"The highly publicized programs, including literacy and urban health-care initiatives backed by the Cuban government, appear to be paying off. A September poll by the respected Datanalysis firm showed a jump to 36% from 31% in Mr. Chavez's popularity over August. "The government is throwing a lot of money into the street," says Andres Duarte, a food importer. "It's beginning to percolate down the system, especially with food subsidies. There's no question it's working on Chavez's behalf."

Recently authorized expenditures include 80 billion bolivars ($50 million) for an adult-literacy campaign and 164 billion bolivars for health clinics and hospitals.

"It's a big help to buy cheap food like rice, corn flour and sugar," says Barbrina Bastarda, 23 years old, a student in the sprawling western Caracas working-class zone called 23 de Enero, or January 23, after the date on which a dictatorship was overthrown in 1958. Ms. Bastarda says she also recently got help in the form of a free eye examination from doctors at a mobile clinic after she complained of headaches. "They sent me to a place where I bought very low-cost glasses," she says."

(Hey is that the Cubans giving foreign aid to Venezuela? But I'm always being told they are socialism in one country Stalinists! Cuba has sent 5000 doctors to work in Venezuelan "barrios" - poor neighbourhoods.)

The latest literacy program is aimed specifically at the urban poor and rural and indigenous peoples. Interestingly it will include all of Venezuela's indigenous languages and not just Spanish.

There has been a new decree from the Venezuelan government making redundancy illegal and Chavez has encouraged workers to seize their factories if the bosses try to ignore it. The government banned the common corrupt practice of charging students in state schools and called on parents and students to occupy schools which do not comply.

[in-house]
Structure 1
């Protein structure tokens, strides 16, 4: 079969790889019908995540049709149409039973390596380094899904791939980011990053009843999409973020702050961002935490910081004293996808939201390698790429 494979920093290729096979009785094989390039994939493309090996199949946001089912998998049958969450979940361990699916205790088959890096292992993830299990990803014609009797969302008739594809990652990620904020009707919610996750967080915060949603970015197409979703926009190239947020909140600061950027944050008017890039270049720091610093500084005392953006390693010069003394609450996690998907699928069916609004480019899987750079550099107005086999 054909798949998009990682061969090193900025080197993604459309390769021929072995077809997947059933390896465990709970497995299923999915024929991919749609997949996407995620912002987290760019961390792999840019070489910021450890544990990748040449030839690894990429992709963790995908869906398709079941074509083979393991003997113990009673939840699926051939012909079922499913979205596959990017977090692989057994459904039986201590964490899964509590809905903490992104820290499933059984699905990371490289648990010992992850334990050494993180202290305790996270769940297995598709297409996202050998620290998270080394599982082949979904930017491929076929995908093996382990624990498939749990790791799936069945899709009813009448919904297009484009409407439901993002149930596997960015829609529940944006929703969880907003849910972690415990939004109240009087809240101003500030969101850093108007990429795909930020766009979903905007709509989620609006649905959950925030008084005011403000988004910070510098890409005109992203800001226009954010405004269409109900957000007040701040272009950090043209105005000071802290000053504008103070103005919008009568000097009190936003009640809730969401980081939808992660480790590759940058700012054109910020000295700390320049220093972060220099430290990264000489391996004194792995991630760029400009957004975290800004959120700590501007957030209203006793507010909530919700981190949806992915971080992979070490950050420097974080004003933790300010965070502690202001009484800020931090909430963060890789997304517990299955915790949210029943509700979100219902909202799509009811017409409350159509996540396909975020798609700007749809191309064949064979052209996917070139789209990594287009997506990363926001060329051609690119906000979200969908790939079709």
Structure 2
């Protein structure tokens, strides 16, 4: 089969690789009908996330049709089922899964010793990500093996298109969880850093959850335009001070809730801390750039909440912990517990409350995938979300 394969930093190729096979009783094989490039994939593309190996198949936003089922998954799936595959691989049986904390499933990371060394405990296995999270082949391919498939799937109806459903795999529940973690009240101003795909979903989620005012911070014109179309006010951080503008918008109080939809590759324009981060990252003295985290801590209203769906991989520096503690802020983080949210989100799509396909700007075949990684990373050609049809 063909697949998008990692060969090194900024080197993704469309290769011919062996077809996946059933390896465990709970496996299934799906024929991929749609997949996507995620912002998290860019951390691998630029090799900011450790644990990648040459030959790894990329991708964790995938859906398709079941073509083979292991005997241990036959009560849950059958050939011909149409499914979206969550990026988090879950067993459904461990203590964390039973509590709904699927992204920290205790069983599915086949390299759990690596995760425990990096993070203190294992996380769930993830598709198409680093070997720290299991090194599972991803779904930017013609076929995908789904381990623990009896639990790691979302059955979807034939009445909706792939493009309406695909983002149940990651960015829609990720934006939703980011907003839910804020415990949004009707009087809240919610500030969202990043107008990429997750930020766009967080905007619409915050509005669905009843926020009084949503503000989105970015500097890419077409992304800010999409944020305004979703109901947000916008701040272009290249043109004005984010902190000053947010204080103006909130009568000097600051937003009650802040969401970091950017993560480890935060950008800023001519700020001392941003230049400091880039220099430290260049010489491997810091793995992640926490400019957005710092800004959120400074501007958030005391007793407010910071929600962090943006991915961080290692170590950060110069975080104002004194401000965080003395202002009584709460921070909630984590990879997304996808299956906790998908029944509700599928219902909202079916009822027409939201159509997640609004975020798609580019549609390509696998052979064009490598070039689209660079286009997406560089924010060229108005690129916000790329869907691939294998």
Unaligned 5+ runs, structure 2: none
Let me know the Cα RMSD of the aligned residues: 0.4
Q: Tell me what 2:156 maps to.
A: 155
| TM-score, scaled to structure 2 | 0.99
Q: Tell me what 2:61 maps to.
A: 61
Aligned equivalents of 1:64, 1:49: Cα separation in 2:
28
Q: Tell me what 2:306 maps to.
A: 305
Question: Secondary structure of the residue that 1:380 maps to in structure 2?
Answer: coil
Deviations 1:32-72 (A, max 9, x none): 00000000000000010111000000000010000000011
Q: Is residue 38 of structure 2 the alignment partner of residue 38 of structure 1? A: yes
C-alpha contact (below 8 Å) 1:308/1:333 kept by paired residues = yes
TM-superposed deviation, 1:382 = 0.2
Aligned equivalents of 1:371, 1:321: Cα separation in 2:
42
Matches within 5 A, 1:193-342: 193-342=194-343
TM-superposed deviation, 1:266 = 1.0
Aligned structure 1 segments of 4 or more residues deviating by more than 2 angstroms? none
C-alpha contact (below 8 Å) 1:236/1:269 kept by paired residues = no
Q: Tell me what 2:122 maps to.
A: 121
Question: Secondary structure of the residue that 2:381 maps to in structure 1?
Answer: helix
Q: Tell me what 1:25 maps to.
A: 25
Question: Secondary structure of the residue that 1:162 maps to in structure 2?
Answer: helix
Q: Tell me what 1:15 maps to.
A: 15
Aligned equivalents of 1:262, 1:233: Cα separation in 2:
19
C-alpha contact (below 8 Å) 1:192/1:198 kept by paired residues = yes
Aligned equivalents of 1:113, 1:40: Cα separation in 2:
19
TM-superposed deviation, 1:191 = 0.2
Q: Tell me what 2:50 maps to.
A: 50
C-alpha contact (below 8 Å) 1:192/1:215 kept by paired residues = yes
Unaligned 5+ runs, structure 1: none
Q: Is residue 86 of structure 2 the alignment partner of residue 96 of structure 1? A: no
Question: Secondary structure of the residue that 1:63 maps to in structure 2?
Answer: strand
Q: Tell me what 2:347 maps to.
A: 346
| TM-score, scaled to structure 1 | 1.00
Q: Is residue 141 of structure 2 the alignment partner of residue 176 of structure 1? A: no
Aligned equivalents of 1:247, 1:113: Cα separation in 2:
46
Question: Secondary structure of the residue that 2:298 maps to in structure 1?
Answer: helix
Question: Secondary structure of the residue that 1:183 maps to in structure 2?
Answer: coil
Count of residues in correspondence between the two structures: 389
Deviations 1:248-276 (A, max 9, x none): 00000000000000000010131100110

The government has undertaken extensive land reform and campesinos have occupied land in often bloody clashes with landowners, despite having the law on their side. The land reforms so far only make a scratch in the problem of land distribution, redistributing unused land, but still have been violently opposed by the landowners. One of the first things the short-lived US-backed coup government of April 2002 did was to annul the land law.

Since the coup attempt in April 2002 millions of Venezuelans have organised themselves into dynamic mass organisations including land committees, militant trade unions, neighbourhood committees and Bolivarian groups, in order to defend the gains made in Venezuela. They have acted independently and militantly to defend these gains. (Check out some recent occupations, strikes and mobilisations at this Venezuelan leftist site.)

US Imperialism cannot accept 'people power' in Venezuela which could provide a centre of opposition to their rule in Latin America. There is growing discontent in Ecuador, Argentina, Bolivia not to mention the existence of the left governments in Cuba and Brazil. There is no doubt that Bush and co will step up their attempts to bring down Chavez.

Tommy couldn't have picked a better time to go to Venezuela and I look forward to hearing his report back.

:: Alister | 3:54 pm | save this page to del.icio.us Save This Page | permalink⊕ | |